• An inquiry into the thoughts of twenty-five people in India

    Sometimes I get excited about running surveys. Here is a Positly one from November 2020 in which I asked the following questions, to participants from India:

    1. What are you looking forward to this week?
    2. What do you think of as the most important thing going on in the world right now?
    3. If you had a spare half hour right now, what would you do with it?
    4. What is something you changed your mind about recently?
    5. What in life is more important than other people realize?
    6. If someone gave you $5 right now, what would you do with it?
    7. Who is someone you think of as a hero?
    8. Are you paying attention to the US election?
    9. What was the biggest news story this year?

    I don’t recall any notable constraints other than the location requirement, but I barely remember doing this.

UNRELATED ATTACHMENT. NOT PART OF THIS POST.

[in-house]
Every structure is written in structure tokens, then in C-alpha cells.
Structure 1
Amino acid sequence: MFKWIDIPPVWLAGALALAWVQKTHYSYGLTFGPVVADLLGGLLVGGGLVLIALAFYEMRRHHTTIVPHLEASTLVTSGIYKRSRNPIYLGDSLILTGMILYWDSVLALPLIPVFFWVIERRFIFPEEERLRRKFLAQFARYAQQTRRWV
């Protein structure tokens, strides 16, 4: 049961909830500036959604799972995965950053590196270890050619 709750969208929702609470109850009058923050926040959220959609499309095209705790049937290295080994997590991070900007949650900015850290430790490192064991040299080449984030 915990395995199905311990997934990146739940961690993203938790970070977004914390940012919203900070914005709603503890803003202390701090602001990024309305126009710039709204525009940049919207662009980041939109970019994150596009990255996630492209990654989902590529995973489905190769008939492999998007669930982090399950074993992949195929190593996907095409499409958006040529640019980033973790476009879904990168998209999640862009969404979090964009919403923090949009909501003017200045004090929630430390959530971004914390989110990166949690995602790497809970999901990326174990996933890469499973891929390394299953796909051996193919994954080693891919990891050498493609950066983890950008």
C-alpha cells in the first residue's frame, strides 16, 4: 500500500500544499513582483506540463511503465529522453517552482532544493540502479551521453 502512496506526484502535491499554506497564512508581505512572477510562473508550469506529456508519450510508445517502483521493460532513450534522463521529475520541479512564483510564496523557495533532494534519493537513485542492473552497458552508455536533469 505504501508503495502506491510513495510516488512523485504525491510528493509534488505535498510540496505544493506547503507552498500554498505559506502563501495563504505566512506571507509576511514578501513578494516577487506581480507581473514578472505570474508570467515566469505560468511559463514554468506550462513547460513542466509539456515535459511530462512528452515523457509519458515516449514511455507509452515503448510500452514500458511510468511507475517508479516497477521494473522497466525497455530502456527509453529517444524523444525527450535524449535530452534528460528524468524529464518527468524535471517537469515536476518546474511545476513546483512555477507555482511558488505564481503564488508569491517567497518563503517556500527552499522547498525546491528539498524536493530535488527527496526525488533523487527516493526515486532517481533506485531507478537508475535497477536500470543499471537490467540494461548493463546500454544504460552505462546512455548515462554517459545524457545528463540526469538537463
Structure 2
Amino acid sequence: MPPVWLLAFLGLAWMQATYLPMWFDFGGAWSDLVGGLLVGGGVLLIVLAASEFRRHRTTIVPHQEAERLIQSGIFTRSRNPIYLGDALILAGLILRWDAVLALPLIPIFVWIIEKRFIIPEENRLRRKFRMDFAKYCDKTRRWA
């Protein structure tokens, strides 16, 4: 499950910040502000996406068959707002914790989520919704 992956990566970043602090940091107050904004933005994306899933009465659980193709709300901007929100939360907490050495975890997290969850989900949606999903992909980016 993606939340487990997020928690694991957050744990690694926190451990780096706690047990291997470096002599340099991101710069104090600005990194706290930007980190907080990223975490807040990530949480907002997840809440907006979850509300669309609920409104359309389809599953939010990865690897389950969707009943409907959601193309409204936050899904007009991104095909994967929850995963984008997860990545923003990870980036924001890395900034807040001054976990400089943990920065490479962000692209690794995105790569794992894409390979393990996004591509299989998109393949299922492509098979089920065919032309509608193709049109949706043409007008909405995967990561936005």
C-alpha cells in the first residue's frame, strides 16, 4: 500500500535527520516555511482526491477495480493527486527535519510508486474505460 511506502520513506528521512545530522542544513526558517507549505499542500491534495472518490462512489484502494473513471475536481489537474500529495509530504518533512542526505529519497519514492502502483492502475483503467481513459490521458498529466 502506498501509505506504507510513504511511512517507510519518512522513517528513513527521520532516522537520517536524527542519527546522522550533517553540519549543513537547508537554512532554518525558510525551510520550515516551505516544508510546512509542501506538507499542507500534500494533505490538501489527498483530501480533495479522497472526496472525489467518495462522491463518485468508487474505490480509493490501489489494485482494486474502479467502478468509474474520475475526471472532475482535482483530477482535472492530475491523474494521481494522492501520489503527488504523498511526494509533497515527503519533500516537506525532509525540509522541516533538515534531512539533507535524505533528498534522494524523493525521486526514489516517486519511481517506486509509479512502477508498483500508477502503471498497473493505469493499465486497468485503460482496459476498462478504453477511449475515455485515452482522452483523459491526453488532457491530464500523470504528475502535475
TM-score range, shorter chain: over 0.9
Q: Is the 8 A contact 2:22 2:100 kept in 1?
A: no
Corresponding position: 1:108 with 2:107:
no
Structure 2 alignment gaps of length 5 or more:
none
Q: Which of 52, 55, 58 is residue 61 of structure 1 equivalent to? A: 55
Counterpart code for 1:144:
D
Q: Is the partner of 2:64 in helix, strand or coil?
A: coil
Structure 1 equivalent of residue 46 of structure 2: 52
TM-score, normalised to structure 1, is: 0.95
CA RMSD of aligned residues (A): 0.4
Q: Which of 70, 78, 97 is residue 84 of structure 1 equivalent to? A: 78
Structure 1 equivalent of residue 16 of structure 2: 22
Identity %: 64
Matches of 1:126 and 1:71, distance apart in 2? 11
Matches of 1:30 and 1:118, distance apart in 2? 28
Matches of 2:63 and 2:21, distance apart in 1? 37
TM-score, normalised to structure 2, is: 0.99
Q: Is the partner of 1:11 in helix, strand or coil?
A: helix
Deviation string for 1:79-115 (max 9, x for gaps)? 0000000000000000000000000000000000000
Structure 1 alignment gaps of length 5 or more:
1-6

• Podcast: with Spencer Greenberg on groupstruckness and boundedness

    I talked to Spencer Greenberg a little while ago for his podcast Clearer Thinking. The recording is out today. According to his website we discussed:

    What does it mean to be “groupstruck”? How does groupstruck-ness differ from the bystander effect, normalcy bias, and other related cognitive biases? How do we break people out of being groupstruck? What does it mean to be a “bounded” person? How can we build up better decision-making heuristics? What sorts of decisions do people usually not quantify but should (and vice versa)? How can we make rational relationship decisions without coming across as “calculating” or cold? How does anthropic reasoning affect our hypotheses about the nature of the universe and life within it (i.e., the Fermi paradox, the simulation hypothesis, etc.)?

    You can listen or read the transcript here.

  • Proposal: Twitter dislike button